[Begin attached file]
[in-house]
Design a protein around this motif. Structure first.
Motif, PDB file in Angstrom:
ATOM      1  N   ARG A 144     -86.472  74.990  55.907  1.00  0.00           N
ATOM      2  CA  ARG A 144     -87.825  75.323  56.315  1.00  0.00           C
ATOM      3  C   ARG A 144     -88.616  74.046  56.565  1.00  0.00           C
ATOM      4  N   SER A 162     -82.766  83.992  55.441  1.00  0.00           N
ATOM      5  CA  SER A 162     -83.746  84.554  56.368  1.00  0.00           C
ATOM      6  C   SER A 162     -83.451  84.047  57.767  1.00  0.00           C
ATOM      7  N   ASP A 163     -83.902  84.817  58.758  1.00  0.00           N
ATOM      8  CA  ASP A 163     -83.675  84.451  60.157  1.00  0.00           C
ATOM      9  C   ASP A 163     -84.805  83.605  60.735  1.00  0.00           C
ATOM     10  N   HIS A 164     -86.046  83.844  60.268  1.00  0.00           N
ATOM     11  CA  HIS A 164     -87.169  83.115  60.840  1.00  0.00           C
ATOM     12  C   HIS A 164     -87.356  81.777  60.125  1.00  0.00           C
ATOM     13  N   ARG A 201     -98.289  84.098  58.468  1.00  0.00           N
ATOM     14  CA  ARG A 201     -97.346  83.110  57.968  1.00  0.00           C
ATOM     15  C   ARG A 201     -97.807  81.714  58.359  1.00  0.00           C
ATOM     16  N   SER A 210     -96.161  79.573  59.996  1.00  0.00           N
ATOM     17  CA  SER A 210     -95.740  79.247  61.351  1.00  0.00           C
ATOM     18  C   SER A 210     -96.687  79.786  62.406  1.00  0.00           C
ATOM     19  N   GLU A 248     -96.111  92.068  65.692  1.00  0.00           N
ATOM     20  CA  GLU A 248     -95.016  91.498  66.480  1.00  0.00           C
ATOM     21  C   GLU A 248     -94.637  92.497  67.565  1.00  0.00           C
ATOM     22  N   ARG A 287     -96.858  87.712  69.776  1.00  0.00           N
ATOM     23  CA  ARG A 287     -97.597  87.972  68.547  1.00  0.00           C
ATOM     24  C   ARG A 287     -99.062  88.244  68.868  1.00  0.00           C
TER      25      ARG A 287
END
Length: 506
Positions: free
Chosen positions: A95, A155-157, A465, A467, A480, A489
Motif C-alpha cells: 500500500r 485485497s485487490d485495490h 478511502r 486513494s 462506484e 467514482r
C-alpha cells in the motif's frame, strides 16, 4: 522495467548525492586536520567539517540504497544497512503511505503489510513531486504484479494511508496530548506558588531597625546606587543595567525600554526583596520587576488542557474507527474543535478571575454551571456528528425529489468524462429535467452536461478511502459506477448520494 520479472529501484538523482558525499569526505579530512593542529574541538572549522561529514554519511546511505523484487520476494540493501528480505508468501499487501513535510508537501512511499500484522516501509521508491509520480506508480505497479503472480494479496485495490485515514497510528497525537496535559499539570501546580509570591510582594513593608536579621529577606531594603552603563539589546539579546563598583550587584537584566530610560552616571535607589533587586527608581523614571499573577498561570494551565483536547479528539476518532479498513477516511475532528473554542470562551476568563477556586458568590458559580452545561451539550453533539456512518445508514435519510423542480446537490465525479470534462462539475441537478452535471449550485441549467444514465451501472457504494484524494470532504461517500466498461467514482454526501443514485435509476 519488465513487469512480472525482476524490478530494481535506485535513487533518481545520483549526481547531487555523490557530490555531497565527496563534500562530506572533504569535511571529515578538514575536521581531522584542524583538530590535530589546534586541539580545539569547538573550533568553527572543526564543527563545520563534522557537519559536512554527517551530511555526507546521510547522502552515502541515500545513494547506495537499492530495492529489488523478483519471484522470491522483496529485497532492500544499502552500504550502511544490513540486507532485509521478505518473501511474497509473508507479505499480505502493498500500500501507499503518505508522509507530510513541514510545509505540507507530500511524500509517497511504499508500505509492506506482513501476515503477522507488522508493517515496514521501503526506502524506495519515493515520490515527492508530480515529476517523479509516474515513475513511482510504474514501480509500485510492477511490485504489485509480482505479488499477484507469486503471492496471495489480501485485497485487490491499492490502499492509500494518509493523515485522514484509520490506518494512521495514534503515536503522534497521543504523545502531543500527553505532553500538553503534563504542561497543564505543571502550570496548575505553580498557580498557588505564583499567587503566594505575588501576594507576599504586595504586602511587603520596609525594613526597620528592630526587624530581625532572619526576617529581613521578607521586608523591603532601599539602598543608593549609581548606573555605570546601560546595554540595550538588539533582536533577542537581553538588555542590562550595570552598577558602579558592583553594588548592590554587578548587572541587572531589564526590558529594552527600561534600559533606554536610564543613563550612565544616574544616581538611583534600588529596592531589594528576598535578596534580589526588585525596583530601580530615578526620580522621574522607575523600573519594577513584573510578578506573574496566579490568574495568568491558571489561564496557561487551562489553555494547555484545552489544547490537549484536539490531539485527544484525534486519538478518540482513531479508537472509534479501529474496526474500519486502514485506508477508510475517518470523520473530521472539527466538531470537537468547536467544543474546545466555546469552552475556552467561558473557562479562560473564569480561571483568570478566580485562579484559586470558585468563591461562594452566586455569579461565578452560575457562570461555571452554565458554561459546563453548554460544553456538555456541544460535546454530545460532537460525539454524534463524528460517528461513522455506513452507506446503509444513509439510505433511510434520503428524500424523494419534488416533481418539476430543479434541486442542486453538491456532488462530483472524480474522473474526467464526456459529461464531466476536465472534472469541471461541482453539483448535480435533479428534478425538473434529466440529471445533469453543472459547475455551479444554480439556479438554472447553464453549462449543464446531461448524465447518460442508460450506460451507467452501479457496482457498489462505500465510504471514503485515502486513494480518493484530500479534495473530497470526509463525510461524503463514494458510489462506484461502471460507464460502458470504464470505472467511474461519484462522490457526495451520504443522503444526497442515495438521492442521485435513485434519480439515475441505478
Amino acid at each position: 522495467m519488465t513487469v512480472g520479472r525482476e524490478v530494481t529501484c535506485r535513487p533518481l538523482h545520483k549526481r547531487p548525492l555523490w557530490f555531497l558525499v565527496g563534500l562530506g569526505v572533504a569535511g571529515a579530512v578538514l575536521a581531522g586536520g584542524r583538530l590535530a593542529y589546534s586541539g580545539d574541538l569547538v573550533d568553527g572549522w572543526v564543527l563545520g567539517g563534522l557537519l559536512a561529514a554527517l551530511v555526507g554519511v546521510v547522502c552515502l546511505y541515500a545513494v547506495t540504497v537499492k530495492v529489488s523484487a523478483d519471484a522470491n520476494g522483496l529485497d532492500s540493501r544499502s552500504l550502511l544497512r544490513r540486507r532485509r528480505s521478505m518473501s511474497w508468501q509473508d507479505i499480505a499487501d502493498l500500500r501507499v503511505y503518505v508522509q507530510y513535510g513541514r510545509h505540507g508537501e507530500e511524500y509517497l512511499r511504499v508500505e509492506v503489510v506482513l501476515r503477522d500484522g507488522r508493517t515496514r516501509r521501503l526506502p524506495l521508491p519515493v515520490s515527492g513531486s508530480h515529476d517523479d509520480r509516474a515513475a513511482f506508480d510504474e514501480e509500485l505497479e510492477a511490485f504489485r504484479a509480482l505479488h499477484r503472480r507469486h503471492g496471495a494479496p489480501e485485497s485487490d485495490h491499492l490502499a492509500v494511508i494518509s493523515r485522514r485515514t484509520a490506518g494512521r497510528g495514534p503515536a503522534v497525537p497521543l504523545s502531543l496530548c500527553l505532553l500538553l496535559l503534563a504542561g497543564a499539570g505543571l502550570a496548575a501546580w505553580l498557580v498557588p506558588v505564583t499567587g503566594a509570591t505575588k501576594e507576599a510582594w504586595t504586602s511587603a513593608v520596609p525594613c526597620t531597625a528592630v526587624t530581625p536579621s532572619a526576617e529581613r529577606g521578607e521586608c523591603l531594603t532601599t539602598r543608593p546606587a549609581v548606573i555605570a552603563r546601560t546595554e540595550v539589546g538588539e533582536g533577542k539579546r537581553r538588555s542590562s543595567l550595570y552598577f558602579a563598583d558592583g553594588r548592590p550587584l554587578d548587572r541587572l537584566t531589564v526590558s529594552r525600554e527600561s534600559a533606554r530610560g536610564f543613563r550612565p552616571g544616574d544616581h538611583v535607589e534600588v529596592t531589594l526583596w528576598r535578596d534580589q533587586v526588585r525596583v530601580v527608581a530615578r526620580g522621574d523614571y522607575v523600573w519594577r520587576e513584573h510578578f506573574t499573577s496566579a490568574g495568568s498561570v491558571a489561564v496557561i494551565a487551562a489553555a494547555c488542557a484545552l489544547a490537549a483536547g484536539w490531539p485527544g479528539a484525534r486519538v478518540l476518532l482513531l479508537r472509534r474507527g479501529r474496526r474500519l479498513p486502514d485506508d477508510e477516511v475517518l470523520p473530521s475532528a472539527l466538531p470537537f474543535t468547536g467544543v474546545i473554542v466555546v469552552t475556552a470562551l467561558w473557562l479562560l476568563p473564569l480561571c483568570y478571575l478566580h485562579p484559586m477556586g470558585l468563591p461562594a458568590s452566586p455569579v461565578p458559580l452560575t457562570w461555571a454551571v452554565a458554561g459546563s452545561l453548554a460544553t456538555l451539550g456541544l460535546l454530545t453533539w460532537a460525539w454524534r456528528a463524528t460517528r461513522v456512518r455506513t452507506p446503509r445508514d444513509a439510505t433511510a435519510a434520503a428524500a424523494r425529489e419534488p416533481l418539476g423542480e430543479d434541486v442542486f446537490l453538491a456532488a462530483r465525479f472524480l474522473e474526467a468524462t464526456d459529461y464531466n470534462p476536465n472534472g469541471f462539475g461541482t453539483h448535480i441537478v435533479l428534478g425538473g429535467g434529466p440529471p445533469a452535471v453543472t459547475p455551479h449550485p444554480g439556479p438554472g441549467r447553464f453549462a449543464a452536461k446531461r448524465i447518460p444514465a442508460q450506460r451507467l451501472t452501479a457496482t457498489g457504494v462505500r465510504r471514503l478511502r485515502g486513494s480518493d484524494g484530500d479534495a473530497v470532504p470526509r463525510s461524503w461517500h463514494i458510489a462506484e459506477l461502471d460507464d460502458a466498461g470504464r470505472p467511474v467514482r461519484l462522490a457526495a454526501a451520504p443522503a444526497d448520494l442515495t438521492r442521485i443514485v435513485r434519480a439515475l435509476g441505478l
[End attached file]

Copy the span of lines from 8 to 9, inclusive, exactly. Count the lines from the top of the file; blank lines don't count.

ATOM      5  CA  SER A 162     -83.746  84.554  56.368  1.00  0.00           C
ATOM      6  C   SER A 162     -83.451  84.047  57.767  1.00  0.00           C